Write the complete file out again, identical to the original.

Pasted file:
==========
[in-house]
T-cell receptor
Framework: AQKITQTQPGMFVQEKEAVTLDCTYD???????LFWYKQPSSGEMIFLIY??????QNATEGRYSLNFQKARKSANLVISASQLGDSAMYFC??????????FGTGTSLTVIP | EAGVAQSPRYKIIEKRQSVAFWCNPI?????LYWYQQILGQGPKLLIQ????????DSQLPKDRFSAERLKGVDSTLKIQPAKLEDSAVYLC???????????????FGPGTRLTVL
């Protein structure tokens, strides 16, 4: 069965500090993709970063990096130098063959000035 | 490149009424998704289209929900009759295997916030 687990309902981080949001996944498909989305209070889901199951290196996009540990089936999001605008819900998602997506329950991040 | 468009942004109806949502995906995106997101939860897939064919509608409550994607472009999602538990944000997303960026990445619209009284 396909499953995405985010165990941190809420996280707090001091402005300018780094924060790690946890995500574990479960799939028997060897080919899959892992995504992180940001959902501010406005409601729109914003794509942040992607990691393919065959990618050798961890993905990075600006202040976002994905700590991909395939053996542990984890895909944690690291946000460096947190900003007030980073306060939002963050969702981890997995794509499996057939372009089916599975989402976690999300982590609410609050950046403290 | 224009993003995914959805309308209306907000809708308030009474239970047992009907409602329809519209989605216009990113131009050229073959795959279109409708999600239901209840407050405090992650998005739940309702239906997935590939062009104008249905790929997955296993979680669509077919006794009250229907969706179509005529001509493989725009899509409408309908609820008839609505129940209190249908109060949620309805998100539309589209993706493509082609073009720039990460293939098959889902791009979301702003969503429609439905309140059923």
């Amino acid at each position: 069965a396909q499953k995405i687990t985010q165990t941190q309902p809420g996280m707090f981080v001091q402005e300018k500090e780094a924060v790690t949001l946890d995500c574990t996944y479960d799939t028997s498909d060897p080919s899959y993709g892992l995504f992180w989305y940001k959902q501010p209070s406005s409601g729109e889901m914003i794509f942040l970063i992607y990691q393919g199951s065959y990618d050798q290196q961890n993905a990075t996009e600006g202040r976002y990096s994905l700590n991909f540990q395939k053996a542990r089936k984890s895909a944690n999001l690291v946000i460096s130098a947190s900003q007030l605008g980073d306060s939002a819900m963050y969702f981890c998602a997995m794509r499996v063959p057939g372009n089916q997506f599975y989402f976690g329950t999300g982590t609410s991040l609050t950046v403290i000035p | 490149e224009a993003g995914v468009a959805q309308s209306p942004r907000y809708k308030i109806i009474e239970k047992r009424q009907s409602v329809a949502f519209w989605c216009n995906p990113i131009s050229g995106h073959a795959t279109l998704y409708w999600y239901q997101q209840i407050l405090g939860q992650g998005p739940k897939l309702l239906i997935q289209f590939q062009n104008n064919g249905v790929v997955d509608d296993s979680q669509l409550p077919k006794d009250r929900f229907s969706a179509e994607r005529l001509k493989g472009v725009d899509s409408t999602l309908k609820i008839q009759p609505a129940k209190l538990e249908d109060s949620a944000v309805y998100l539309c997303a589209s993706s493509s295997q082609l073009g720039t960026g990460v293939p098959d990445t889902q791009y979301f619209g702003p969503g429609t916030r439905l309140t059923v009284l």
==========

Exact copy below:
[in-house]
T-cell receptor
Framework: AQKITQTQPGMFVQEKEAVTLDCTYD???????LFWYKQPSSGEMIFLIY??????QNATEGRYSLNFQKARKSANLVISASQLGDSAMYFC??????????FGTGTSLTVIP | EAGVAQSPRYKIIEKRQSVAFWCNPI?????LYWYQQILGQGPKLLIQ????????DSQLPKDRFSAERLKGVDSTLKIQPAKLEDSAVYLC???????????????FGPGTRLTVL
């Protein structure tokens, strides 16, 4: 069965500090993709970063990096130098063959000035 | 490149009424998704289209929900009759295997916030 687990309902981080949001996944498909989305209070889901199951290196996009540990089936999001605008819900998602997506329950991040 | 468009942004109806949502995906995106997101939860897939064919509608409550994607472009999602538990944000997303960026990445619209009284 396909499953995405985010165990941190809420996280707090001091402005300018780094924060790690946890995500574990479960799939028997060897080919899959892992995504992180940001959902501010406005409601729109914003794509942040992607990691393919065959990618050798961890993905990075600006202040976002994905700590991909395939053996542990984890895909944690690291946000460096947190900003007030980073306060939002963050969702981890997995794509499996057939372009089916599975989402976690999300982590609410609050950046403290 | 224009993003995914959805309308209306907000809708308030009474239970047992009907409602329809519209989605216009990113131009050229073959795959279109409708999600239901209840407050405090992650998005739940309702239906997935590939062009104008249905790929997955296993979680669509077919006794009250229907969706179509005529001509493989725009899509409408309908609820008839609505129940209190249908109060949620309805998100539309589209993706493509082609073009720039990460293939098959889902791009979301702003969503429609439905309140059923």
């Amino acid at each position: 069965a396909q499953k995405i687990t985010q165990t941190q309902p809420g996280m707090f981080v001091q402005e300018k500090e780094a924060v790690t949001l946890d995500c574990t996944y479960d799939t028997s498909d060897p080919s899959y993709g892992l995504f992180w989305y940001k959902q501010p209070s406005s409601g729109e889901m914003i794509f942040l970063i992607y990691q393919g199951s065959y990618d050798q290196q961890n993905a990075t996009e600006g202040r976002y990096s994905l700590n991909f540990q395939k053996a542990r089936k984890s895909a944690n999001l690291v946000i460096s130098a947190s900003q007030l605008g980073d306060s939002a819900m963050y969702f981890c998602a997995m794509r499996v063959p057939g372009n089916q997506f599975y989402f976690g329950t999300g982590t609410s991040l609050t950046v403290i000035p | 490149e224009a993003g995914v468009a959805q309308s209306p942004r907000y809708k308030i109806i009474e239970k047992r009424q009907s409602v329809a949502f519209w989605c216009n995906p990113i131009s050229g995106h073959a795959t279109l998704y409708w999600y239901q997101q209840i407050l405090g939860q992650g998005p739940k897939l309702l239906i997935q289209f590939q062009n104008n064919g249905v790929v997955d509608d296993s979680q669509l409550p077919k006794d009250r929900f229907s969706a179509e994607r005529l001509k493989g472009v725009d899509s409408t999602l309908k609820i008839q009759p609505a129940k209190l538990e249908d109060s949620a944000v309805y998100l539309c997303a589209s993706s493509s295997q082609l073009g720039t960026g990460v293939p098959d990445t889902q791009y979301f619209g702003p969503g429609t916030r439905l309140t059923v009284l």